Regarding the issue of variability, as long as we continue to use a sleep-disordered breathing index to make this diagnosis, there will always be significant variability, whether we are looking at standard polysomnography or portable monitoring. Polysomnography has the significant advantage of the measurement of sleep and its architecture, and will always be better than portable monitoring because of the multiplicity of channels and the attendance by a technician. Few data are available regarding the use of portable monitoring in patients other than middle-aged white men. An evidence review,3a study on practice parameters,4 and, more recently, a panel from CMS, concluded that there is not enough support in the literature to allow portable monitoring (specifically, unattended level 3 systems) to be utilized indiscriminately for the diagnosis of sleep apnea. Portable monitoring will be acceptable, in my eyes, when these devices have been thoroughly validated and when the populations in which sleep apnea can be accurately diagnosed using these devices have been defined.

References
Collop, NA Portable monitoring for diagnosing obstructive sleep apnea: not yet ready for primetime.Chest2004;125,809-811. [CrossRef] [PubMed]
 
Liesching, TN, Carlisle, C, Marte, A, et al Evaluation of the accuracy of SNAP technology sleep sonography in detecting obstructive sleep apnea in adults compared to standard polysomnography.Chest2004;125,886-891. [CrossRef] [PubMed]
 
Flemons, W, Littner, M, Rowley, J, et al Home diagnosis of sleep apnea: a systematic review of the literature; an evidence review cosponsored by the American Academy of Sleep Medicine, the American College of Chest Physicians, and the American Thoracic Society.Chest2003;124,1543-1579. [CrossRef] [PubMed]
 
Chesson, A, Berry, R, Pack, A Practice parameters for the use of portable monitoring devices in the investigation of suspected obstructive sleep apnea in adults.Sleep2003;26,1-7
 

Figures

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References

Liesching, TN, Carlisle, C, Marte, A, et al (2004) Evaluation of the accuracy of SNAP technology sleep sonography in detecting obstructive sleep apnea in adults compared to standard polysomnography.Chest125,886-891. [CrossRef] [PubMed]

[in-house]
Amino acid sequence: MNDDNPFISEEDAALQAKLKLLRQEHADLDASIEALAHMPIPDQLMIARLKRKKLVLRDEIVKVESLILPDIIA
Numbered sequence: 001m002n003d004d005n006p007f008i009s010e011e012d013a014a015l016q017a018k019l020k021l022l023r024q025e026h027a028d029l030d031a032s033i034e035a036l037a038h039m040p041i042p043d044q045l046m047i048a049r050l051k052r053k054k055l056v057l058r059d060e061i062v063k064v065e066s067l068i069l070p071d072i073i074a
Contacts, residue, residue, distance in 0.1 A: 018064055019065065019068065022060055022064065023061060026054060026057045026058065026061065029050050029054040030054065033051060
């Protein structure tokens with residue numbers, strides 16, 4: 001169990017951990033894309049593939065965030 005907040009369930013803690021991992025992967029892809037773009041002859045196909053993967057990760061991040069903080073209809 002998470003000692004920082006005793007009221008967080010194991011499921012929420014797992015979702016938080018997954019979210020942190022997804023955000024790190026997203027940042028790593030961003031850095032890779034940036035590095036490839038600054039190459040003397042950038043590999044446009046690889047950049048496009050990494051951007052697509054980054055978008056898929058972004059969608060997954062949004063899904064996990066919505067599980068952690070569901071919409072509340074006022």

Collop, NA Portable monitoring for diagnosing obstructive sleep apnea.Chest2004;125,809-811. [CrossRef] [PubMed]
 
Lord, S, Sawyer, B, O’Connell, D, et al Night-to-night variability of disturbed breathing during sleep in an elderly community sample.Sleep1991;14,252-258. [PubMed]
 
Mosko, SS, Dickel, MJ, Ashurst, J Night-to-night variability in sleep apnea and sleep-related periodic leg movements in the elderly.Sleep1998;11,340-348
 
Moser, NJ, Phillips, BA, Berry, DT What is hypopnea anyway?Chest1994;105,426-428. [CrossRef] [PubMed]
 
Collop, NA Consistency crucial to polysomnography scoring.Adv Managers Respir Care2004;13,13-16
 
Collop, NA Scoring variability between polysomnography technologists in different sleep laboratories.Sleep Med2002;3,43-47. [CrossRef] [PubMed]
 
Su, S, Baroody, FM, Kohrman, M, Suskind, D A comparison of polysomnography and a portable home sleep study in the diagnosis of obstructive sleep apnea syndrome.Otolaryngol Head Neck Surg2004;131,844-850. [CrossRef] [PubMed]
 
Liesching, TN, Carlisle, C, Marte, A, et al Evaluation of the accuracy of SNAP technology sleep sonography in detecting obstructive sleep apnea in adults compared to standard polysomnography.Chest2004;125,886-891. [CrossRef] [PubMed]
 
Redline, S, Tosteson, T, Boucher, MA, et al Measurement of sleep-related breathing disturbances in epidemiologic studies: assessment of the validity and reproducibility of a portable monitoring device.Chest1992;100,1281-1286
 
Meyer, T, Eveloff, SE, Kline, L, et al One negative polysomnography does not exclude obstructive sleep apnea.Chest1993;103,756-760. [CrossRef] [PubMed]
 
Ferber, A, Millman, RP, Coppola, M, et al Portable recording in the assessment of obstructive sleep apnea: ASDA standards of practice.Sleep1994;17,378-392. [PubMed]
 
Chesson, AL, Berry, RB, Pack, A Practice parameters for the use of portable monitoring devices in the investigation of suspected obstructive sleep apnea in adults.Sleep2003;26,907-913. [PubMed]
 
ATS/ACCP/AASM Taskforce Steering Committee.. Executive summary on the systematic review and practice parameters for portable monitoring in the investigation of suspected sleep apnea in adults.Am J Respir Crit Care Med2004;169,1160-1163. [CrossRef] [PubMed]
 
Millman, RP, Neumeyer, D, Kramer, NR Diagnostic strategies.Semin Respir Crit Care Med1998;19,133-138
 
Collop, NA Portable monitoring for diagnosing obstructive sleep apnea: not yet ready for primetime.Chest2004;125,809-811. [CrossRef] [PubMed]
 
Liesching, TN, Carlisle, C, Marte, A, et al Evaluation of the accuracy of SNAP technology sleep sonography in detecting obstructive sleep apnea in adults compared to standard polysomnography.Chest2004;125,886-891. [CrossRef] [PubMed]
 
Flemons, W, Littner, M, Rowley, J, et al Home diagnosis of sleep apnea: a systematic review of the literature; an evidence review cosponsored by the American Academy of Sleep Medicine, the American College of Chest Physicians, and the American Thoracic Society.Chest2003;124,1543-1579. [CrossRef] [PubMed]
 
Chesson, A, Berry, R, Pack, A Practice parameters for the use of portable monitoring devices in the investigation of suspected obstructive sleep apnea in adults.Sleep2003;26,1-7